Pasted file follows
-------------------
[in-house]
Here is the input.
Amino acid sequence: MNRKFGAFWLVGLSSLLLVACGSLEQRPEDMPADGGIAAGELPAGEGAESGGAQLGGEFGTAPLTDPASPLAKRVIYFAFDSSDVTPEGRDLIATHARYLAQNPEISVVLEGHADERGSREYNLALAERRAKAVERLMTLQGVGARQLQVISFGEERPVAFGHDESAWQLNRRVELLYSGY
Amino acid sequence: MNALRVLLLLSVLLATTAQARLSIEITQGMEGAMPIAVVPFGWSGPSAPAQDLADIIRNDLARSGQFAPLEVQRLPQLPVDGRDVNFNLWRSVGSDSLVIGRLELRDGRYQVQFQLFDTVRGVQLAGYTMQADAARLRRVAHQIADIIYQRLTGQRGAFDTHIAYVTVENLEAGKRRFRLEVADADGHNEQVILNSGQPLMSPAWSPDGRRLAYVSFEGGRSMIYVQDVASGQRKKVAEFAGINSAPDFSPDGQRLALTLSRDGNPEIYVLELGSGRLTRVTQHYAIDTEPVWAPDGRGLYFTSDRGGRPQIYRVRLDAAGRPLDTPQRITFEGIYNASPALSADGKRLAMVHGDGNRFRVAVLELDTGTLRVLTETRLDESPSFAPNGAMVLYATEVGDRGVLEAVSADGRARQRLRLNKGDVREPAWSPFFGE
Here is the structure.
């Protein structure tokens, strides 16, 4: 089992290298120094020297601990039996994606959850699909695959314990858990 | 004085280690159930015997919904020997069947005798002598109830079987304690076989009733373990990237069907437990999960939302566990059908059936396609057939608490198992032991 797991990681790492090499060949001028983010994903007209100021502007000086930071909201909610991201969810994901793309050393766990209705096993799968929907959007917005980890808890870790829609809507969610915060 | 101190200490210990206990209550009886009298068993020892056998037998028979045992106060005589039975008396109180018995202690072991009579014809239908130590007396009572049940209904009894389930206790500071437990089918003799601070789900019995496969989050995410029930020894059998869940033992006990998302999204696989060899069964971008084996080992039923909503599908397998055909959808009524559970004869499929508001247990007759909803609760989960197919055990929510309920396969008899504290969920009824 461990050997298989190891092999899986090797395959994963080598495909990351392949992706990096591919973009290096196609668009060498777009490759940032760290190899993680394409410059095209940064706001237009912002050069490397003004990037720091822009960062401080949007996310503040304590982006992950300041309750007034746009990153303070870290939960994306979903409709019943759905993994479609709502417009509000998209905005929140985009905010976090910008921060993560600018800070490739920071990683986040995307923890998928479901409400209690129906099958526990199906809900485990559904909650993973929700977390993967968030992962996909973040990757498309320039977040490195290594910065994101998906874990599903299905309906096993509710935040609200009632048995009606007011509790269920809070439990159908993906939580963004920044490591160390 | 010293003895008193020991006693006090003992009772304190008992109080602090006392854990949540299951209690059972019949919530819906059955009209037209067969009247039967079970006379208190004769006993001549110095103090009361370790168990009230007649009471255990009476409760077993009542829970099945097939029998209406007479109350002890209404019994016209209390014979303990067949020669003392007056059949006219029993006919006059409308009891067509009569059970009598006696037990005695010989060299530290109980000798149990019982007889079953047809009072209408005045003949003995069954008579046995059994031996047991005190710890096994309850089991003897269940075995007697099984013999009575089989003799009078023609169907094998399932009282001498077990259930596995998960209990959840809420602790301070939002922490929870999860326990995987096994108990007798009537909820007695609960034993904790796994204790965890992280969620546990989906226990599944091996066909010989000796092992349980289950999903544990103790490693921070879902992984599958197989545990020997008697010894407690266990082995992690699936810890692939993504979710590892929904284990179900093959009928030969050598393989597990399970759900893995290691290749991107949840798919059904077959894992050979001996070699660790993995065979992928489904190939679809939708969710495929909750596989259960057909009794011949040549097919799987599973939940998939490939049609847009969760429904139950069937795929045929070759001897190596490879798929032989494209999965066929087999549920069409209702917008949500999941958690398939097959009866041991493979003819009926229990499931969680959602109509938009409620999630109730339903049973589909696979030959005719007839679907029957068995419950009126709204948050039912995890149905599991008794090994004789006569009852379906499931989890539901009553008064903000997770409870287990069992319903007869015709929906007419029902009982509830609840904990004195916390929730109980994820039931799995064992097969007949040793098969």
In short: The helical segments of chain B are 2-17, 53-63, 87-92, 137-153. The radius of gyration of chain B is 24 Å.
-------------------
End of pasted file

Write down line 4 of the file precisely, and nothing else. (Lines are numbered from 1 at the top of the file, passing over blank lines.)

Amino acid sequence: MNALRVLLLLSVLLATTAQARLSIEITQGMEGAMPIAVVPFGWSGPSAPAQDLADIIRNDLARSGQFAPLEVQRLPQLPVDGRDVNFNLWRSVGSDSLVIGRLELRDGRYQVQFQLFDTVRGVQLAGYTMQADAARLRRVAHQIADIIYQRLTGQRGAFDTHIAYVTVENLEAGKRRFRLEVADADGHNEQVILNSGQPLMSPAWSPDGRRLAYVSFEGGRSMIYVQDVASGQRKKVAEFAGINSAPDFSPDGQRLALTLSRDGNPEIYVLELGSGRLTRVTQHYAIDTEPVWAPDGRGLYFTSDRGGRPQIYRVRLDAAGRPLDTPQRITFEGIYNASPALSADGKRLAMVHGDGNRFRVAVLELDTGTLRVLTETRLDESPSFAPNGAMVLYATEVGDRGVLEAVSADGRARQRLRLNKGDVREPAWSPFFGE